A Force for Black Professionals in Tech

Andrea Carlos Miniatur
Andrea Carlos
Published February 20, 2024

When the company he worked for was acquired by F5, Carl Mosby III wasn’t sure what the future would hold. But soon afterward, he saw F5 CEO François Locoh-Donou talk candidly to employees in a fireside chat about the personal challenges he faced navigating his career as a Black professional.

A few months later, George Floyd was murdered by a white police officer, and Mosby watched Locoh-Donou and other F5 employees openly share their experiences about race, inequality, fear, and prejudice as part of a “Raise Your Voice” panel.  

“Watching F5 leaders speak so freely and openly made me feel empowered that I could engage in the same way,” says Mosby, a Solutions Engineering Director at F5. “Our own leaders were taking the chance to be vulnerable. I’d never seen that, and I don’t think many Black people have had that experience in a corporate setting.”

These events had a big impact on Mosby and cemented his decision to stay with F5. They also led him to join F5 Appreciates Blackness (FAB), an employee inclusion group (EIG) at F5 that organized these events.

Today, Mosby serves as the Global Chair of FAB, working with the EIG’s 455 members to create a more inclusive company that promotes the success of Black professionals. “Being a leader of FAB has been super affirming,” he says. “There’s a lot of visibility—but also support, trust, and openness I’d never had before.”

Creating community for Black F5ers

Inspired by the 2018 movie Black Panther, a small group of Black F5ers started an informal email distribution list as a way to build community. By the time Mosby joined in 2020, the group had evolved into an official F5 EIG with executive and company backing. 

Today, the EIG provides leadership and networking opportunities to Black F5ers and their allies. It also works to recruit more Black people to F5, while partnering with the broader community to elevate the representation of Black professionals in tech. 

FAB hosts several speakers’ series and other events throughout the year, many of them marking key dates such as Martin Luther King Day, Juneteenth, and Black History Month in the United States and the UK. 

During Black History Month in the U.S., for example, FAB is hosting weekly events for F5 employees—including a panel of F5ers who volunteer in their communities, a discussion with water safety advocate Chezik Tsunoda, and two keynotes on “Flourishing through Service” with Nigerian-American author Enitan Bereola and “Leadership in Service” with F5’s Chief Information Officer Yvette Smith. All of these events promote the theme, “Year of Service,” which the EIG will continue to highlight throughout the year.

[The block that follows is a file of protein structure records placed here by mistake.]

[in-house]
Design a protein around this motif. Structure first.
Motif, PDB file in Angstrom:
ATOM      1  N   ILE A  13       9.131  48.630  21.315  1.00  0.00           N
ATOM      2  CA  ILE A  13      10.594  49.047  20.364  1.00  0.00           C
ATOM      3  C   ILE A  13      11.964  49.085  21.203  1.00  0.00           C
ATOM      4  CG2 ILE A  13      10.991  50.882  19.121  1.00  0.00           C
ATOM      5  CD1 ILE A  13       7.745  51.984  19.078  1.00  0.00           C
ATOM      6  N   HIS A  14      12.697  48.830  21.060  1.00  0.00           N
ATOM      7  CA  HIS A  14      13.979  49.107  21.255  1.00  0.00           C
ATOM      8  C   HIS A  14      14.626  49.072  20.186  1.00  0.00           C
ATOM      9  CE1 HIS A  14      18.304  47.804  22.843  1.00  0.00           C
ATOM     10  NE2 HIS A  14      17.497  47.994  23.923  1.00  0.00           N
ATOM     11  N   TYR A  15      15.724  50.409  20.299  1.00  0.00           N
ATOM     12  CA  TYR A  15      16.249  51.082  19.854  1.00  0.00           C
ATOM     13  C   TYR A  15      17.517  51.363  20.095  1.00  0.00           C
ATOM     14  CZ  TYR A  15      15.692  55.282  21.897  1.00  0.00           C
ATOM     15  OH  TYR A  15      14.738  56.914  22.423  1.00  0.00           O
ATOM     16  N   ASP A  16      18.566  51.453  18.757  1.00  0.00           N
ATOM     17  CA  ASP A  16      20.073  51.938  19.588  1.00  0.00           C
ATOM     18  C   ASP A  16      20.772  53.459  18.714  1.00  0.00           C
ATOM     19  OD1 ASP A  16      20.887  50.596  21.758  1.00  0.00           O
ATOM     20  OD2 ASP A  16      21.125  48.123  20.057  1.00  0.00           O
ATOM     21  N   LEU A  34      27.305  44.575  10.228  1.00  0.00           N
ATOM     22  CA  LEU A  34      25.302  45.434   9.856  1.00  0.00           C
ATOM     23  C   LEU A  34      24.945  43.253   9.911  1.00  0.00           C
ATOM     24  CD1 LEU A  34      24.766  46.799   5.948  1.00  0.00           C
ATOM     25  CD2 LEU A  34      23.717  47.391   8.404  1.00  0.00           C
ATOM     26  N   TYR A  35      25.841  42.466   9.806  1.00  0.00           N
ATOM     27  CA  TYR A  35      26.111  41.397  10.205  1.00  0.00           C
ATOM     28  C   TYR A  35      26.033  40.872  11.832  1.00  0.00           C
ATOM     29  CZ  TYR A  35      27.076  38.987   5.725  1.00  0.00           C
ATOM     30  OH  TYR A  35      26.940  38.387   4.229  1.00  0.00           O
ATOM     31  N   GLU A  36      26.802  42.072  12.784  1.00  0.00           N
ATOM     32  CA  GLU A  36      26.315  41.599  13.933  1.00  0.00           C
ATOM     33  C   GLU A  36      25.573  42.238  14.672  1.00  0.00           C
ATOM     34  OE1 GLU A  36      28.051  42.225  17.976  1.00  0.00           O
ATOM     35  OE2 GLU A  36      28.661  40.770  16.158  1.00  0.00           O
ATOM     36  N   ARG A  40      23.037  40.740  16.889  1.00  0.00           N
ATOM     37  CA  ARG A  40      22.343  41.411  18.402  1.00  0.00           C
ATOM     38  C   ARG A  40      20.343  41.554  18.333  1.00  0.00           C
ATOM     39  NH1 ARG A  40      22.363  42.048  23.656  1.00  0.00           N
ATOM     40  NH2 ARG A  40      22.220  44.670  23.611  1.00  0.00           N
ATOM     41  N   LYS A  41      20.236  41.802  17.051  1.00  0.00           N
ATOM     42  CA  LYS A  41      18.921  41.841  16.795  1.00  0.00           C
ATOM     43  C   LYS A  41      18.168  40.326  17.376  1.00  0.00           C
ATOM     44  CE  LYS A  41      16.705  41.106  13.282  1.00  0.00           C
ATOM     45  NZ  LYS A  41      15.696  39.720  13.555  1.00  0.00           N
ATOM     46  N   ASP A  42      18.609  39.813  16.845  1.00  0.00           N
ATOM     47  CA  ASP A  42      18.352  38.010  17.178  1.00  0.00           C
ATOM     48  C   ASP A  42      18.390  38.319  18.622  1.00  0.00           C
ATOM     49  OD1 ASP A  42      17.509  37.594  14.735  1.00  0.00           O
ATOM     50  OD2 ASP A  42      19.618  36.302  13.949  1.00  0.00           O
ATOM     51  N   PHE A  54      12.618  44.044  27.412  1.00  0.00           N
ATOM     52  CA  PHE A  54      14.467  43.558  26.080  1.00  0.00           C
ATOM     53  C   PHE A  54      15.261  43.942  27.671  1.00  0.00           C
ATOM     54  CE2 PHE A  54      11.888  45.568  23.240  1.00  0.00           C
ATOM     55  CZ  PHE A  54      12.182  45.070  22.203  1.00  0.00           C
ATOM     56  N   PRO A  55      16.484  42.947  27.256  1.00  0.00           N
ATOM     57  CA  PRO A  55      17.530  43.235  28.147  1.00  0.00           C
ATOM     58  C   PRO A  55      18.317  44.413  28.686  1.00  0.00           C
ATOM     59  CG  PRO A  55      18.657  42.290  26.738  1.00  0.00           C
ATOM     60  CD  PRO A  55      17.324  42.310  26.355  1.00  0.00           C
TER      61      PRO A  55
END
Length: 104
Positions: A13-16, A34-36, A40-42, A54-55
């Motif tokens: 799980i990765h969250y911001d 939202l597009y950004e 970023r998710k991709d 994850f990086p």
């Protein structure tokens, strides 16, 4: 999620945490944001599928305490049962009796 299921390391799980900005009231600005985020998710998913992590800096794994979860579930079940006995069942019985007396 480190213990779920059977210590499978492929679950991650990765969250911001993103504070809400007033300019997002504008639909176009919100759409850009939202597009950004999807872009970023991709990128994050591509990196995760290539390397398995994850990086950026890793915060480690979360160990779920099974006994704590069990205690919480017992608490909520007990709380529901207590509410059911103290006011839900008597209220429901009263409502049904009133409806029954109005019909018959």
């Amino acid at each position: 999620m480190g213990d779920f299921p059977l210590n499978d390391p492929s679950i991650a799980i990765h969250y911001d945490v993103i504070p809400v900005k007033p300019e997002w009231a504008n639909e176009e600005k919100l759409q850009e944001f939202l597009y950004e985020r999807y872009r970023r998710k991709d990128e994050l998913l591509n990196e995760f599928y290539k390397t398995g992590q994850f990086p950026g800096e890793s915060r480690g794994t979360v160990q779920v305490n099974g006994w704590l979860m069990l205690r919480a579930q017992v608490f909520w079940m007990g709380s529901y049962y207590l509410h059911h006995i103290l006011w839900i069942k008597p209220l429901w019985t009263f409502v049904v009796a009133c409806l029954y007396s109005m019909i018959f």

FAB Global Chair Carl Mosby III and FAB Executive Sponsor Dyana Langley-Robinson introduce the speakers at Black Tech Night, a community event designed to elevate Black representation in tech.

The EIG also sponsors “FAB-U-LOUS Voices,” a podcast featuring the inspiring stories of Black professionals at F5. It partners with other F5 EIGs to host events of mutual interest. And it provides opportunities for all F5ers to learn about racism and eliminate social injustice. 

“FAB offers a safe place to connect and be heard,” says Dyana Langley-Robinson, who joined FAB in 2018, went on to become a FAB leader, and has served as FAB’s Executive Sponsor since August 2022. “It’s also an invaluable place for people to make change, both inside and outside the company.” 

Attracting more Blacks into tech

In addition to supporting F5ers, FAB elevates Black people in the broader community. For example, the EIG helped to organize “Real Talk: Black Leaders in Tech,” an F5-sponsored community event that brought together Locoh-Donou and other leaders from major tech companies, along with guest speaker Trevor Noah, to talk openly about their experiences as Black professionals.

The EIG is partnering with the Seattle Office of Economic Development and tech companies in the Seattle area to host Black Tech Night, an ongoing initiative to expand the number of Black professionals in tech. It also recruits F5 interns at college campuses and holds events aimed at helping students learn about F5 and what it’s like to work in the tech industry.    

F5 CEO François Locoh-Donou (left) joins Langley-Robinson (left middle), Mosby (right), and People Magazine’s Janine Rubenstein (right middle) after talking about his career as a Black professional at Black Tech Night.